The H.E.A.T. Exchange

Free thoughts from the mind of the Anomalous One

Sidebar: What’s the Point?

I prefer to code with markup to the strictest of the rules.

XML and XHTML 1.1 are my markup languages of choice because of their well-formedness constraints and strict rules.

I understand HTML5 is the new kid on the block, but HTML5 (to me) is nothing more than HTML 4.01 with a boob job. Repurposing the B and I tags using long-winded phrases from academia is as fake as Joan Rivers’ looks.

ARIA 1.0 has been in development for many years. ARIA supplies attributes to help assistive technologies (AT) better understand the web author’s intent in markup.

ARIA is supposed to make visible to AT those parts of a web document previously invisible.

I would say read the ARIA 1.0 recommendation to learn more about the attributes and their purpose from the people who know, but this is the problem. This is the reason for my frustration.

ARIA 1.0 is BULLSHIT! Plain and simple.

After all these years, the ARIA 1.0 specification reached recommendation status. Inside the spec, the recommendation is still referred to as a draft (take a quick look at chapter 1).

Chapter 10 mentions an XHTML + ARIA DTD and states that documents can be validated using that DTD. Nowhere else in the spec does it say otherwise.

The W3C validators do not recognize XHTML + ARIA. Let me put this in perspective.

In the Web Content Accessibility Guidelines (WCAG) 2.0, under Success Criteria 4.1.1, two of the sufficient techniques provided by the W3C are G134 (Validating web pages) and G192 (Fully conforming to specifications).

Simply put, if I were to add ARIA attributes to an XHTML document that previously met single A conformance, it would now fail miserably.

In other words, using a recommendation from the W3C with one of its own host languages will cause my XHTML 1.1 documents to fail WCAG 2.0 single A conformance.

Why? Because XHTML 1.1 + ARIA 1.0 will not validate and, based on some feedback that supposedly is from a reliable source, it will never be made to validate.

On the surface, this is no big deal.

The problem is that no word was put out from the W3C, especially to all those using XHTML Family of markup, that ARIA 1.0 will not apply to the host language (XHTML).

This is like the store manager looking at a long line of customers waiting for 10 days for the new video console and finally decides to open the store and say, “We will sell only to those driving a Ferrari.”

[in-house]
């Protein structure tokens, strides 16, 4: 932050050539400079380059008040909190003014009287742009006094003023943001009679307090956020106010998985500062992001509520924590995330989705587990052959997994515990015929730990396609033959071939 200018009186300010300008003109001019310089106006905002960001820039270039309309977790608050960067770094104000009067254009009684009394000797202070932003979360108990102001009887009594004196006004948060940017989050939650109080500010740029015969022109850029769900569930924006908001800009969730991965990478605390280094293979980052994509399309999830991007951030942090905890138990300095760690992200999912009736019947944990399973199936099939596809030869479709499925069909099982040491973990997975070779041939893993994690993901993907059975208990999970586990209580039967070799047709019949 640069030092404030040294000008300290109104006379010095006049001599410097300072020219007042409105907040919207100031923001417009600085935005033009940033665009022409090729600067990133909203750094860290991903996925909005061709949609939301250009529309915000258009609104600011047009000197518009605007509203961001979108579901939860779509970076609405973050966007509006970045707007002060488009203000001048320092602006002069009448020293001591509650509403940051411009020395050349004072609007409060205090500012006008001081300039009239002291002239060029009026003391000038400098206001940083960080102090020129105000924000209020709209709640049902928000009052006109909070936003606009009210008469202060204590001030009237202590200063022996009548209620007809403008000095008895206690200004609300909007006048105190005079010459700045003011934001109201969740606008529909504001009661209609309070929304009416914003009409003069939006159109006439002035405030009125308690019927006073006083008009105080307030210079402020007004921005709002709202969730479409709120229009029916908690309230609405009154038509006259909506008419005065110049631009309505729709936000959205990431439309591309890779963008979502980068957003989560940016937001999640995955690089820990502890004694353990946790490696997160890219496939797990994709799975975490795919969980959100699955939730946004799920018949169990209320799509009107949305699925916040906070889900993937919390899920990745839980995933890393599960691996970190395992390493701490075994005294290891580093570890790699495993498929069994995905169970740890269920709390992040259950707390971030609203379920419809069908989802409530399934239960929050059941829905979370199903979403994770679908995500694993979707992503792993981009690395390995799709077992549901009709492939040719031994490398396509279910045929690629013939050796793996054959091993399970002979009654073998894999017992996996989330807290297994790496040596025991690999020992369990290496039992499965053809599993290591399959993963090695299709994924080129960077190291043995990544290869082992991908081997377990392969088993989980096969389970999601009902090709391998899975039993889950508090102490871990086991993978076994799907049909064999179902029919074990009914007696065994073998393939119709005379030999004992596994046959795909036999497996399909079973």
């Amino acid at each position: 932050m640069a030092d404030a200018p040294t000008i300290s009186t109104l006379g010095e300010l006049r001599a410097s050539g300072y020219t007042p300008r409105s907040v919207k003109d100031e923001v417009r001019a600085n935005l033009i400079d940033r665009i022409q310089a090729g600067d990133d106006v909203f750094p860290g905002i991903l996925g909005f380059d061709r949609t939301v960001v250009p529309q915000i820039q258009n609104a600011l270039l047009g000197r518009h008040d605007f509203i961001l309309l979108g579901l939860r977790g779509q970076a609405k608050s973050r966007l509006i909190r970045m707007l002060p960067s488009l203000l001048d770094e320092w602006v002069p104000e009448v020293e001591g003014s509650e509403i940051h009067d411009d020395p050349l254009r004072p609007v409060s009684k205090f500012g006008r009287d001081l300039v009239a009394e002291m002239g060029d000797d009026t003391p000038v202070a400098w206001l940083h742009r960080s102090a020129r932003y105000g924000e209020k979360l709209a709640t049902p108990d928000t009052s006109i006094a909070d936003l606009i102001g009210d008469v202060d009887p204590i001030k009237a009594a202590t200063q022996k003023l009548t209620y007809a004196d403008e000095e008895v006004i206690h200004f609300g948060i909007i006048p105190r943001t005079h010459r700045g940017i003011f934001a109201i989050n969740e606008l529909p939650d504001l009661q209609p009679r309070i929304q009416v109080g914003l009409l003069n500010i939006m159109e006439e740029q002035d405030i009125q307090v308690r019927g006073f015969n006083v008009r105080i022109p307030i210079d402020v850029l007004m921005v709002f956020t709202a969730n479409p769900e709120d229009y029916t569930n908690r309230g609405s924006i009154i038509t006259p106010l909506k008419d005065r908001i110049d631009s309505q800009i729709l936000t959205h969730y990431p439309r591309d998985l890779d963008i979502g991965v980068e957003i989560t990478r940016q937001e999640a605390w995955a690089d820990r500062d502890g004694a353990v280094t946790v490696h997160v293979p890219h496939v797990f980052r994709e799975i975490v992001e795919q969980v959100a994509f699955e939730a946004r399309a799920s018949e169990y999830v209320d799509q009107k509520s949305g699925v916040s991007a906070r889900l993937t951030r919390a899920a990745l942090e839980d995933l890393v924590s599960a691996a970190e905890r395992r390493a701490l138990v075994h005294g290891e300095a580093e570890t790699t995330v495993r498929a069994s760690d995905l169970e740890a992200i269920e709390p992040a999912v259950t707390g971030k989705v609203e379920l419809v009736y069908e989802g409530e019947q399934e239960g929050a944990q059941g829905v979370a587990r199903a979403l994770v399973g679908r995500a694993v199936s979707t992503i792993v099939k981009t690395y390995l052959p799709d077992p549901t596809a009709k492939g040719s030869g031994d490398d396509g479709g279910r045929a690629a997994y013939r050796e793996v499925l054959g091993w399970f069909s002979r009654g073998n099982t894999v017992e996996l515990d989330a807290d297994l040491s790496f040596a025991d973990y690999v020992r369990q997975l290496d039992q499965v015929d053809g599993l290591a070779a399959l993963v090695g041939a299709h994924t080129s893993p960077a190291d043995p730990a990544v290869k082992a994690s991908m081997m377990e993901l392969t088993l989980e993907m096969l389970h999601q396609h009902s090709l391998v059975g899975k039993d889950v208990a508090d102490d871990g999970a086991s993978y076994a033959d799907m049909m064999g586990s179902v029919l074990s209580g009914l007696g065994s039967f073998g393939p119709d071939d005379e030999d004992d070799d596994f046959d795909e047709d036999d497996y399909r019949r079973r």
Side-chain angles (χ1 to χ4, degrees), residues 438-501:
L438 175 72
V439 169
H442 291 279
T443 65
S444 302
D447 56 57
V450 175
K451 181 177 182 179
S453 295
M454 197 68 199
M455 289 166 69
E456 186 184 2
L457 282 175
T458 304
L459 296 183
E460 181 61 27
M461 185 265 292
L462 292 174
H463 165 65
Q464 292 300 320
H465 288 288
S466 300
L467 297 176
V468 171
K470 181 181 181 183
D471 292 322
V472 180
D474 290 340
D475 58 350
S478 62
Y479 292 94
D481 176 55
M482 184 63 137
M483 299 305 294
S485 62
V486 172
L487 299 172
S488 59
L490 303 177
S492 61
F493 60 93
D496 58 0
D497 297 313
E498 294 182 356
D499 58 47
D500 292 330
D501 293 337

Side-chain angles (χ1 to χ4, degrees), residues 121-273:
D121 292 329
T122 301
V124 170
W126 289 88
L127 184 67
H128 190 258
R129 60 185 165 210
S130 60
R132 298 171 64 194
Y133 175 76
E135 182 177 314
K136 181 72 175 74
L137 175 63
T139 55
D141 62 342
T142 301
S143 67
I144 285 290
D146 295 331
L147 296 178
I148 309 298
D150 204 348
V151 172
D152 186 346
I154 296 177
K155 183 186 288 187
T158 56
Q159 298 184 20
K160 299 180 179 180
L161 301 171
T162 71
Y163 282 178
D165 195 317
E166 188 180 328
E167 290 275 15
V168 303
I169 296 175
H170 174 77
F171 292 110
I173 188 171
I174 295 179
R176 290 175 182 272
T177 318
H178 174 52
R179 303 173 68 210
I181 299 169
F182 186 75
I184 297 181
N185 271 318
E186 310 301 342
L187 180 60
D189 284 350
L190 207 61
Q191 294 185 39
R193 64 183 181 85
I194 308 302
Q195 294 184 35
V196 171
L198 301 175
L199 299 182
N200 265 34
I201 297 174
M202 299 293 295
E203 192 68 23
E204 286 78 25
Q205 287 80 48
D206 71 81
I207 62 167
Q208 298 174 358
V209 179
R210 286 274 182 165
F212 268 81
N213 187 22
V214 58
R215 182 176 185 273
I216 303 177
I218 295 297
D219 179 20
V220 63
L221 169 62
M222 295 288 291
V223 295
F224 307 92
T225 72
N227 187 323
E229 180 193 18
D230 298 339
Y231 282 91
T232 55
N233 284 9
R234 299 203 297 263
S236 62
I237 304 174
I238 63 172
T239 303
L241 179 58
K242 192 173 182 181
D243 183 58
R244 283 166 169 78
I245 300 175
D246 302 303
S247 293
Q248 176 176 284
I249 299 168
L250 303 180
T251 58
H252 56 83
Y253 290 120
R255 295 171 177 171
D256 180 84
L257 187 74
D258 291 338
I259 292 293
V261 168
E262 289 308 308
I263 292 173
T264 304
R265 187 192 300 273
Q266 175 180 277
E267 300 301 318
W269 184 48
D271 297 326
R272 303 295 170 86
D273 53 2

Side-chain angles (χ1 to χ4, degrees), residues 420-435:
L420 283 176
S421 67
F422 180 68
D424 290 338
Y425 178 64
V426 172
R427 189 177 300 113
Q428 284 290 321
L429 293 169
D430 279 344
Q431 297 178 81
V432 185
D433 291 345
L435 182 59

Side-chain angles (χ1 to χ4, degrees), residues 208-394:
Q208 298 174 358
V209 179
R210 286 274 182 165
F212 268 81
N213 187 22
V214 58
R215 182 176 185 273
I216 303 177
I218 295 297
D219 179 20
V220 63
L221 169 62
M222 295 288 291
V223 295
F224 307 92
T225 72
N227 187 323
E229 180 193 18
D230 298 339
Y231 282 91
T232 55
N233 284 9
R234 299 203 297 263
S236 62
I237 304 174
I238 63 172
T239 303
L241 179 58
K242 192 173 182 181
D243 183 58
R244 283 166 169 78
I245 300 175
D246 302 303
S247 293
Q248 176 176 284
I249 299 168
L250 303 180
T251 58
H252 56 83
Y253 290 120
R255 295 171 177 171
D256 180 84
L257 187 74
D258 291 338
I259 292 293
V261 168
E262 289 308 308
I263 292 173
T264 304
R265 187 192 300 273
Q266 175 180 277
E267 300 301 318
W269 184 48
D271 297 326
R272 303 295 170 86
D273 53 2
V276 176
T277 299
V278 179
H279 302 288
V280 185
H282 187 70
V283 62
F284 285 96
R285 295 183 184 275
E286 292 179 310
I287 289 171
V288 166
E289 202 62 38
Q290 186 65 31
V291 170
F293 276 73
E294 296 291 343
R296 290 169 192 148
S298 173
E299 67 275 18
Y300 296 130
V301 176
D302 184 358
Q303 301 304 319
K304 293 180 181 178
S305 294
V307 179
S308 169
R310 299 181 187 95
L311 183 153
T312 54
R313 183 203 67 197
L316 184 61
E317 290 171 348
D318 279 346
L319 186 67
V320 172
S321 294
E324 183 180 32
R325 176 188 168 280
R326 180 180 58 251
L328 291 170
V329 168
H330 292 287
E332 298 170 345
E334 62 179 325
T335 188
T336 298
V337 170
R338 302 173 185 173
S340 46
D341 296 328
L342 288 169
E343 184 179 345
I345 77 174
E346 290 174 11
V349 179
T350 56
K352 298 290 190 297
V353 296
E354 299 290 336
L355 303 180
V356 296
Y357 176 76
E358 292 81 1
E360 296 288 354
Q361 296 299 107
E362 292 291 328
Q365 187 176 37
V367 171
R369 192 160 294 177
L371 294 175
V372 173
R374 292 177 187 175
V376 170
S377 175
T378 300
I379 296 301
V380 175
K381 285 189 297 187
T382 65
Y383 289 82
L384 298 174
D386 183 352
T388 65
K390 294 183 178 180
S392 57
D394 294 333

“Hey! Did you not see us waiting for this?!”

Specifications are supposed to specify, in detail, the technology. Period. No inferences need to be made by the reader. The detail is all in the specification and, though boring, explicit in nature.

A specification should not waste anyone’s time mentioning things that are extraneous or irrelevant. Specify and be specific!

The esoteric nature of the recommendations that come out of the W3C is bad enough. As much as their own WCAG 2.0 asks developers to acknowledge those with cognitive shortcomings, recommendations seems to fail in this miserably.

Still, with the aristocracy of the W3C editing the specs, I sometimes can hear their voices saying, “These recommendations are really not for the hoi polloi, but provided to you as a generous offer from on high.”


If the W3C wants the web to move forward, then making sure those in the trenches bringing folks to the web with their great designs and applications understand both the intent and practice of their (W3C) technologies.

A specification that cannot be relied on is not a specification, but a fairytale.

I prefer XML 1.1, XHTML 1.1, RDF 1.1, and RDFa 1.1. I am still reluctant to actually use RDF or RDFa (I don’t really want to make it easier for the NSA to find information).

After waiting all these years for ARIA 1.0 and realizing its unfulfilled promise, I am left with only one question:

What’s the point?

A Social Network, Part 12

You have just built a social network.

You have in mind the type of community you want to establish. You have a draft of some rules and guidelines for your future members to follow.

You are eager for others to see your innovated features and design. You are using the latest and greatest of all the technologies available to you.

Step back for a second.

Imagine your new social network from the perspective of a person unfamiliar with online social networking or even computers. They will land on your site looking for…something.

Picture that same person standing alone in the middle of a completely blank area of nothingness. What is going through this person’s mind?